Alumni Profile: Alumnus found renewed love for education in GED program

Monday, September 30, 2019
Written by: Emily Hollingshead

Now, as he prepares to begin his bachelor’s degree at Rollins College, you would think that school has always come easily for David Smith. However, the road to a degree has been far from smooth. After a bad experience in grade school, Smith switched to home school in sixth grade and made it to a seventh-grade level before officially stopping, disheartened with his education as a whole. 

As an adult, he worked dead-end job after dead-end job, but when his mom grew ill with severe chronic obstructive pulmonary disease, Smith knew he had to do something to give himself a better future. His aunt, an English and drama teacher in North Carolina, made him a deal that if he found a GED program that she would pay for it. 

“I searched and right down the street in walking distance here is Seminole State College Altamonte [Springs] Campus,” Smith said. “From there I signed up and honestly out of any point in my life education wise I had more reason to quit, but my reason to keep going was much stronger.” He ended up finishing the GED program at Seminole State College of Florida within a semester.

David Smith (far left) with other members of Seminole State's Altamonte Springs SGA in front of the Florida Supreme Court building.

He loved his experience with the adult education program and the environment at the College so much he decided to stay on and work toward his associate degree. He deepened his involvement on campus too, becoming an in-class tutor, the treasurer and then president of the social science club, and founder of the Seminole State chapter of the National Society of Collegiate Scholars. He even became the Student Government Association vice president for the Altamonte Springs Campus and would settle disputes between clubs and monitor legislation that students had an interest in. 

While vice president, he traveled to Tallahassee with the Florida College System Activities Association, an organization that advocates for state colleges’ interests. “Instead of going as individual colleges and representing 20,000 to 30,000 students, we go with the power of 800,000 potential voters,” Smith said. The trip also gives new members a better understanding on how state government works and the processes involved in it.  

For new students at Seminole State, Smith advises that “as soon as you are done meeting with your advisor, pop into the Student Life office no matter what campus you are on.” The office offers resources for everything including academic help, social organizations and opportunities for career advancement. Smith says one of the biggest hurdles to student success is that they don’t know all the resources available to them. While in student government, Smith was always working toward greater awareness about student resources and encouraging them to utilize tools such as the tutoring lab in the Academic Success Center at Seminole State. “I don’t know how many people worry that tutoring is going to cost them money. Tutoring is absolutely free here. We have fantastic people that run it,” Smith said. “Honestly, it was the first time in my life I had ever gotten an ‘A’ in mathematics and it was because of the support and assistance I got at the tutoring lab.”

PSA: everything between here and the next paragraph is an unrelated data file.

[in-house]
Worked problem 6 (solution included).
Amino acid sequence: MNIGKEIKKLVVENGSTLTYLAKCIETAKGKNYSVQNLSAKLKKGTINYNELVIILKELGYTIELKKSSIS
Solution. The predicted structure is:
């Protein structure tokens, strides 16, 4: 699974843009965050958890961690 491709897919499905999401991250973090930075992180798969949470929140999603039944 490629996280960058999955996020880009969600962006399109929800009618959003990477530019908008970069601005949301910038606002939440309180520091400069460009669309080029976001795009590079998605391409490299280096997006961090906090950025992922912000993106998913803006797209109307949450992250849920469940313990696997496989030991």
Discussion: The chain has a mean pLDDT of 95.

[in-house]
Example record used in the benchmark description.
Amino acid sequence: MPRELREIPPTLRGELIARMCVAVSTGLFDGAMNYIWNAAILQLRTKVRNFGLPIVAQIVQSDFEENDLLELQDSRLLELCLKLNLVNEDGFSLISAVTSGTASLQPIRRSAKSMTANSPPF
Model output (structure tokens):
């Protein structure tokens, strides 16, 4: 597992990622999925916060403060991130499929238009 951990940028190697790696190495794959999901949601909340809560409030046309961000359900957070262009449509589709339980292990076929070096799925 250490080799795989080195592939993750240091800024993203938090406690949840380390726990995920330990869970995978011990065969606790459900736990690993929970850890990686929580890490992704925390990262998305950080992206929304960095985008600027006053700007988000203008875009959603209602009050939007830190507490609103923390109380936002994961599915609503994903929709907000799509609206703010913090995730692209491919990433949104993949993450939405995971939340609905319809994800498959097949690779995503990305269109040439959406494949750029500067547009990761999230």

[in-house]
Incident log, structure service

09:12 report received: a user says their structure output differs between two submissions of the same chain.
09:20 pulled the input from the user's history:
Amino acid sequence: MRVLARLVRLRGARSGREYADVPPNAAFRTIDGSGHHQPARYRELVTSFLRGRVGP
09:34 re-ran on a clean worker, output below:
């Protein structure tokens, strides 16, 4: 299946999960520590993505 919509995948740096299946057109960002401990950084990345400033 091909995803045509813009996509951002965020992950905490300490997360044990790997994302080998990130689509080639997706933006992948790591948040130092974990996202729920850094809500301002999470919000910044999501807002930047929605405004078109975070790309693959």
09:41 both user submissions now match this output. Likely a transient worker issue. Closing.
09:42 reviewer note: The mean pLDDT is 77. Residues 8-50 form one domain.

I could not have succeeded in the way that I have succeeded without the people here at Seminole State.

David Smith.

Now he is preparing to continue his education at Rollins College, seeking a Bachelor of Science in Anthropology. He was awarded the coveted Presidential Scholarship based on his GPA and his committed involvement to the success of his peers. With his additional grants and scholarships, he is covering $60,000 of his education. 

Yet his proudest achievement is still that he has inspired others to return to school. “I actually have at least seven people that I know of that signed up for GED classes because of my experience and probably another 10 that signed up for college classes,” Smith says. He knows better than most that there are many obstacles when continuing your education: time, money, familial responsibilities and more. However, Smith encourages them to try anyway and says there are always people ready to help you overcome “I could not have succeeded in the way that I have succeeded without the people here at Seminole State.” 


About the Seminole State College Alumni Association

Seminole State College Alumni Association: The Seminole State College Alumni Association provides benefits and services for alumni as they continue their lifelong connection with Seminole State College of Florida, providing opportunities for them to network with one another, interact with the student body and support the College. To learn more, visit the Alumni Association website.

About the School of Academic Foundations

Seminole State’s School of Academic Foundations offers year-round GED preparatory classes to adult students, an Adult High School program that provides students a personalized education and English Language Studies programs that help students reach personal, educational and professional goals.

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